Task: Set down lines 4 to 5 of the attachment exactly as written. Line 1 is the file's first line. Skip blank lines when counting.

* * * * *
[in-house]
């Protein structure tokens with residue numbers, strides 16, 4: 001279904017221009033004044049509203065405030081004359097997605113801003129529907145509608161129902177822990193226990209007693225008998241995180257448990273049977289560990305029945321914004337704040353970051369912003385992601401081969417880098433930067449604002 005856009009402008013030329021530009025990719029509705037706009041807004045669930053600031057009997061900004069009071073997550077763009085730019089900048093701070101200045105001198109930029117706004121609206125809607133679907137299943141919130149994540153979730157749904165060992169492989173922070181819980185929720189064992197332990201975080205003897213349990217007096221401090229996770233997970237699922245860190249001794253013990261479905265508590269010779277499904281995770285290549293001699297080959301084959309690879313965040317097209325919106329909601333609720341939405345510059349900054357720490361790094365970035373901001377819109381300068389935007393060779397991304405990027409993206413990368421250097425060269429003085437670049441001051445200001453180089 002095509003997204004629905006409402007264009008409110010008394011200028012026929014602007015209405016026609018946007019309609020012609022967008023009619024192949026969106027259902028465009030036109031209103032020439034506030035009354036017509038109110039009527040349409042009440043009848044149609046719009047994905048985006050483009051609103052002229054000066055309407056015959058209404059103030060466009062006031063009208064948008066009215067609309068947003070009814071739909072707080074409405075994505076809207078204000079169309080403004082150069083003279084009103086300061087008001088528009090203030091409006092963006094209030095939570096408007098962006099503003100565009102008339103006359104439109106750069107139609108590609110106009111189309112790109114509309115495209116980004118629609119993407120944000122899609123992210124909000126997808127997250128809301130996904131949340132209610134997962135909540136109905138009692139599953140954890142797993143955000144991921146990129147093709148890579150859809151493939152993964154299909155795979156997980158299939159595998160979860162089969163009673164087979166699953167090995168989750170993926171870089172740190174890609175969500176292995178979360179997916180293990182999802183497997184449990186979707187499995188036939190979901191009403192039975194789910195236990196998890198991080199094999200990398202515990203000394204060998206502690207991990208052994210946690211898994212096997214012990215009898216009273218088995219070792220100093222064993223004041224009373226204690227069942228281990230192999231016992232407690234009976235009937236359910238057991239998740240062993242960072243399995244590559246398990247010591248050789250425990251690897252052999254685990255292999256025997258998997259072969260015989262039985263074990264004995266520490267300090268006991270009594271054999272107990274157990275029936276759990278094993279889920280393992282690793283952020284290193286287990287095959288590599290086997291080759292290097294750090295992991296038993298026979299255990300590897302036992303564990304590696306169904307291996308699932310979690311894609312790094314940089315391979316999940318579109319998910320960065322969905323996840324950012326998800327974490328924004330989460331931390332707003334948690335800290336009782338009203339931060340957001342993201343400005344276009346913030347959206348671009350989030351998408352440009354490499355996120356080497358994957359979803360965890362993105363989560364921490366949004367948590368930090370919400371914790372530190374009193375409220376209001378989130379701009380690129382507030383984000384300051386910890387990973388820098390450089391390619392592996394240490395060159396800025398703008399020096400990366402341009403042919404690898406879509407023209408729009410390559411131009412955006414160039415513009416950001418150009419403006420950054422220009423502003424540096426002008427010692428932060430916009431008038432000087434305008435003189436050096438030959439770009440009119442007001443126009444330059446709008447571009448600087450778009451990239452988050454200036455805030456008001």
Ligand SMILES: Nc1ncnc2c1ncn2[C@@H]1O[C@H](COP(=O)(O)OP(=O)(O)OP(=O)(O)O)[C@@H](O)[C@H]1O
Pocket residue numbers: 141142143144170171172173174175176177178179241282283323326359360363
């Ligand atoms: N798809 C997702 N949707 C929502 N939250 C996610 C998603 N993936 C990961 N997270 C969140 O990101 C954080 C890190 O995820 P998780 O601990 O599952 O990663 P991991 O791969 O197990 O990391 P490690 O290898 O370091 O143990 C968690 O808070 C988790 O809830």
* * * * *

Pocket residue numbers: 141142143144170171172173174175176177178179241282283323326359360363
């Ligand atoms: N798809 C997702 N949707 C929502 N939250 C996610 C998603 N993936 C990961 N997270 C969140 O990101 C954080 C890190 O995820 P998780 O601990 O599952 O990663 P991991 O791969 O197990 O990391 P490690 O290898 O370091 O143990 C968690 O808070 C988790 O809830």